The principle is well settled that all persons, who are present, aiding and abetting in the commission of a misdemeanor, are principals. In accordance with that rule, 'any person who encourages, incites, promotes, or takes part in a riot is guilty of riot as a principal.' 54 Am.Jur. (2d), Mobs and Riots, Section 20.

There is ample evidence to sustain the inference that the conduct of appellant encouraged,

Page 891

incited, and promoted the riot. Such participation sustains the finding that appellant was guilty of the crime as charged.

The second question concerns...

To continue reading

Request your trial
3 practice notes
  • State v. Bad Heart Bull, Nos. 11531
    • United States
    • Supreme Court of South Dakota
    • 16 Septiembre 1977
    ...promotes, or actively participates in a riot is guilty as a principal. People v. Moore,87 Cal.2d 753, 197 P.2d 835; State v. Sellers, 257 S.C. 35, 183 S.E.2d 889, cert. den. 410 U.S. 908, 93 S.Ct. 967, 35 L.Ed.2d 269. It necessarily is a group crime requiring proof of a common or mutual cri......
  • State v. Ham, No. 19454
    • United States
    • United States State Supreme Court of South Carolina
    • 17 Julio 1972
    ...the refusal of the trial judge to propound the questions submitted by the appellant constituted an abuse of discretion. State v. Sellers, 257 S.C. 35, 183 S.E.2d 889. This exception of the appellant is While Mike Martin, a witness for the State, was under cross examination by counsel for th......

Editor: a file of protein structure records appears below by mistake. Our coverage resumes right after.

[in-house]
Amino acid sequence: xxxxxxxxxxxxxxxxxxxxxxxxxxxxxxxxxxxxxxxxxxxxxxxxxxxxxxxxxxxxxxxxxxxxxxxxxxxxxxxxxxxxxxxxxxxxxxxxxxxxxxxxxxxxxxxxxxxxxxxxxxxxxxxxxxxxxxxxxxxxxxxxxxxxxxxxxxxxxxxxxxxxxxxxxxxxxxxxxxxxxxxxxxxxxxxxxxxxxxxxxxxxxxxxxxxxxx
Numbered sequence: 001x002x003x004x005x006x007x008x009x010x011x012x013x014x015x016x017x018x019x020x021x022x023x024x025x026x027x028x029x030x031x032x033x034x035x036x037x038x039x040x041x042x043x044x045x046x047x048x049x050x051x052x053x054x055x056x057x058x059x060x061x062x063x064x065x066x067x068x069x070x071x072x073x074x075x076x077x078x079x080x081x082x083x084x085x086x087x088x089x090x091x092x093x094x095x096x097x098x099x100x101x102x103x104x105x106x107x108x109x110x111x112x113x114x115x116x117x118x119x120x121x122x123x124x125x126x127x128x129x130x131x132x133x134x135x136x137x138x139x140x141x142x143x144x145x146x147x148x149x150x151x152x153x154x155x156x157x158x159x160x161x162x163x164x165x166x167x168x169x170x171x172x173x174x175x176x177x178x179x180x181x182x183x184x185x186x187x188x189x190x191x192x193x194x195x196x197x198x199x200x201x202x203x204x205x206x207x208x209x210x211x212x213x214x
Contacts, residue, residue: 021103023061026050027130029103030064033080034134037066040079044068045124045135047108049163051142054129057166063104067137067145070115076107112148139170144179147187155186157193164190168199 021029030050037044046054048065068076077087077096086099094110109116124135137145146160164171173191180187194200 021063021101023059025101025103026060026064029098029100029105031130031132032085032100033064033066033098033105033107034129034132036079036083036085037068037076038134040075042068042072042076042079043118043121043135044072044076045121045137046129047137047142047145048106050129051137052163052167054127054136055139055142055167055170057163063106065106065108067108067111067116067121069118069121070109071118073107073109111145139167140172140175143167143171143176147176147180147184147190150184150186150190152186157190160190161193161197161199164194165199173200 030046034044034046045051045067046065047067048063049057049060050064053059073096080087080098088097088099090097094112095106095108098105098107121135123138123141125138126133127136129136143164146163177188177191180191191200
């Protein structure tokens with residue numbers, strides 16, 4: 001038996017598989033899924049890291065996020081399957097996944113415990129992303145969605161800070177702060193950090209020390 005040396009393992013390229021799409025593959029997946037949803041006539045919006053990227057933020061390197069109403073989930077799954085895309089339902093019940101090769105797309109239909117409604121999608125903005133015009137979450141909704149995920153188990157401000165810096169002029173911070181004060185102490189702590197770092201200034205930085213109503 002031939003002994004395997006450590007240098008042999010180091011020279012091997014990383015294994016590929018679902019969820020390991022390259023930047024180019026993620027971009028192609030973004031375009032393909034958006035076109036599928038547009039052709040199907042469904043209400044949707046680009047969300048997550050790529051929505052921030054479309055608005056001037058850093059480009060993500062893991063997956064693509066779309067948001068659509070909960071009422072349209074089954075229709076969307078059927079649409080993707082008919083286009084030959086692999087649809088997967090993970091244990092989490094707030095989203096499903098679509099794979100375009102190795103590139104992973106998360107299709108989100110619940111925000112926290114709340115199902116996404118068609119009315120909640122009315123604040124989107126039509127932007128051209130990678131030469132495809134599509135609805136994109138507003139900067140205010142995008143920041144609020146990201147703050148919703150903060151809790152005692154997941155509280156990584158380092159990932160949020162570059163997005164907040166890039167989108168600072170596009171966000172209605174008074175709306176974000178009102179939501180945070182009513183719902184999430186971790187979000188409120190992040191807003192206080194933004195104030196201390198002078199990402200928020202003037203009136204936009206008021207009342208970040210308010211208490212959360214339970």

• Sellers v. Boone, No. 19726
    • United States
    • United States State Supreme Court of South Carolina
    • 26 Noviembre 1973
    ...charging the offense of riot to the jury, which returned a verdict of guilty. His conviction was affirmed by this Court. State v. Sellers, 257 S.C. 35, 183 S.E.2d 889. [261 S.C. 464] A petition for writ of certiorari was denied by the Supreme Court of the United States on January 22, 1973. ......
3 cases
  • State v. Bad Heart Bull, Nos. 11531
    • United States
    • Supreme Court of South Dakota
    • 16 Septiembre 1977
    ...promotes, or actively participates in a riot is guilty as a principal. People v. Moore,87 Cal.2d 753, 197 P.2d 835; State v. Sellers, 257 S.C. 35, 183 S.E.2d 889, cert. den. 410 U.S. 908, 93 S.Ct. 967, 35 L.Ed.2d 269. It necessarily is a group crime requiring proof of a common or mutual cri......
  • State v. Ham, No. 19454
    • United States
    • United States State Supreme Court of South Carolina
    • 17 Julio 1972
    ...the refusal of the trial judge to propound the questions submitted by the appellant constituted an abuse of discretion. State v. Sellers, 257 S.C. 35, 183 S.E.2d 889. This exception of the appellant is While Mike Martin, a witness for the State, was under cross examination by counsel for th......
  • Sellers v. Boone, No. 19726
    • United States
    • United States State Supreme Court of South Carolina
    • 26 Noviembre 1973
    ...charging the offense of riot to the jury, which returned a verdict of guilty. His conviction was affirmed by this Court. State v. Sellers, 257 S.C. 35, 183 S.E.2d 889. [261 S.C. 464] A petition for writ of certiorari was denied by the Supreme Court of the United States on January 22, 1973. ......

VLEX uses login cookies to provide you with a better browsing experience. If you click on 'Accept' or continue browsing this site we consider that you accept our cookie policy. ACCEPT